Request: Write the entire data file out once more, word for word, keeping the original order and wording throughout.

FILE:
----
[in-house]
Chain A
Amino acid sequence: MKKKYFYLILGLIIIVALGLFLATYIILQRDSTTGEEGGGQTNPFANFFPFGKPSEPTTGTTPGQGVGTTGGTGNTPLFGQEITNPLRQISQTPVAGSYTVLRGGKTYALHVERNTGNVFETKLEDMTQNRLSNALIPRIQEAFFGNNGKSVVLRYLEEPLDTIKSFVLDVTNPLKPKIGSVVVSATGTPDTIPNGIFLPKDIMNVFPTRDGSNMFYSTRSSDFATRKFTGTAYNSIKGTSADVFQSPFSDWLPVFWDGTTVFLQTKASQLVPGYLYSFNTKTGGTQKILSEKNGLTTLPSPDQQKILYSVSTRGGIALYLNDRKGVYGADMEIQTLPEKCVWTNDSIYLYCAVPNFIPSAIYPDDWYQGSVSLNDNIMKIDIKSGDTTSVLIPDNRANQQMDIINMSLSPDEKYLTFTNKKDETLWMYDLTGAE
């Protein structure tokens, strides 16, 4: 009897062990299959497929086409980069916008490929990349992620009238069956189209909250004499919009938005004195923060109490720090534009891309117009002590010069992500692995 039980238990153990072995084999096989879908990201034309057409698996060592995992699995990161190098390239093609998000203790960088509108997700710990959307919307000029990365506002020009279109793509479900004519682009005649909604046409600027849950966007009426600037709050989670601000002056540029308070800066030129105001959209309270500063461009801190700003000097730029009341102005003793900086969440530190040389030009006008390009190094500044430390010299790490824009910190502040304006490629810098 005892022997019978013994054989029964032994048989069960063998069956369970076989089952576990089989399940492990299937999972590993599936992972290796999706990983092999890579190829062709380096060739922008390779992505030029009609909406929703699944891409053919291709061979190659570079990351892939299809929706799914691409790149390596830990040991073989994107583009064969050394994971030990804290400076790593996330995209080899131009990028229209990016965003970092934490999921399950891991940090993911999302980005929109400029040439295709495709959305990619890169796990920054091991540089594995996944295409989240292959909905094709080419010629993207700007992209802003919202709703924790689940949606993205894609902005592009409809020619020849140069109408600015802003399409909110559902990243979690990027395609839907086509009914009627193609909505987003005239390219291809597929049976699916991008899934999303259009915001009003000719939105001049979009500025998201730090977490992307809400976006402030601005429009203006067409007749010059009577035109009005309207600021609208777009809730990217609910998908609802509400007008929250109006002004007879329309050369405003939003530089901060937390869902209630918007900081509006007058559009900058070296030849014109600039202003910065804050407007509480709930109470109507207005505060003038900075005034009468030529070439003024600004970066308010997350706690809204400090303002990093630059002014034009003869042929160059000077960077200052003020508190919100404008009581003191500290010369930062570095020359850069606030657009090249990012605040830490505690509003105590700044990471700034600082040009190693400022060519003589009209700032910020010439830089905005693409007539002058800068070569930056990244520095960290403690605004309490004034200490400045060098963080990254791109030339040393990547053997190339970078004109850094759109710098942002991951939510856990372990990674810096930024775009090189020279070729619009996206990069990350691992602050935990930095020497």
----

[in-house]
Chain A
Amino acid sequence: MKKKYFYLILGLIIIVALGLFLATYIILQRDSTTGEEGGGQTNPFANFFPFGKPSEPTTGTTPGQGVGTTGGTGNTPLFGQEITNPLRQISQTPVAGSYTVLRGGKTYALHVERNTGNVFETKLEDMTQNRLSNALIPRIQEAFFGNNGKSVVLRYLEEPLDTIKSFVLDVTNPLKPKIGSVVVSATGTPDTIPNGIFLPKDIMNVFPTRDGSNMFYSTRSSDFATRKFTGTAYNSIKGTSADVFQSPFSDWLPVFWDGTTVFLQTKASQLVPGYLYSFNTKTGGTQKILSEKNGLTTLPSPDQQKILYSVSTRGGIALYLNDRKGVYGADMEIQTLPEKCVWTNDSIYLYCAVPNFIPSAIYPDDWYQGSVSLNDNIMKIDIKSGDTTSVLIPDNRANQQMDIINMSLSPDEKYLTFTNKKDETLWMYDLTGAE
């Protein structure tokens, strides 16, 4: 009897062990299959497929086409980069916008490929990349992620009238069956189209909250004499919009938005004195923060109490720090534009891309117009002590010069992500692995 039980238990153990072995084999096989879908990201034309057409698996060592995992699995990161190098390239093609998000203790960088509108997700710990959307919307000029990365506002020009279109793509479900004519682009005649909604046409600027849950966007009426600037709050989670601000002056540029308070800066030129105001959209309270500063461009801190700003000097730029009341102005003793900086969440530190040389030009006008390009190094500044430390010299790490824009910190502040304006490629810098 005892022997019978013994054989029964032994048989069960063998069956369970076989089952576990089989399940492990299937999972590993599936992972290796999706990983092999890579190829062709380096060739922008390779992505030029009609909406929703699944891409053919291709061979190659570079990351892939299809929706799914691409790149390596830990040991073989994107583009064969050394994971030990804290400076790593996330995209080899131009990028229209990016965003970092934490999921399950891991940090993911999302980005929109400029040439295709495709959305990619890169796990920054091991540089594995996944295409989240292959909905094709080419010629993207700007992209802003919202709703924790689940949606993205894609902005592009409809020619020849140069109408600015802003399409909110559902990243979690990027395609839907086509009914009627193609909505987003005239390219291809597929049976699916991008899934999303259009915001009003000719939105001049979009500025998201730090977490992307809400976006402030601005429009203006067409007749010059009577035109009005309207600021609208777009809730990217609910998908609802509400007008929250109006002004007879329309050369405003939003530089901060937390869902209630918007900081509006007058559009900058070296030849014109600039202003910065804050407007509480709930109470109507207005505060003038900075005034009468030529070439003024600004970066308010997350706690809204400090303002990093630059002014034009003869042929160059000077960077200052003020508190919100404008009581003191500290010369930062570095020359850069606030657009090249990012605040830490505690509003105590700044990471700034600082040009190693400022060519003589009209700032910020010439830089905005693409007539002058800068070569930056990244520095960290403690605004309490004034200490400045060098963080990254791109030339040393990547053997190339970078004109850094759109710098942002991951939510856990372990990674810096930024775009090189020279070729619009996206990069990350691992602050935990930095020497």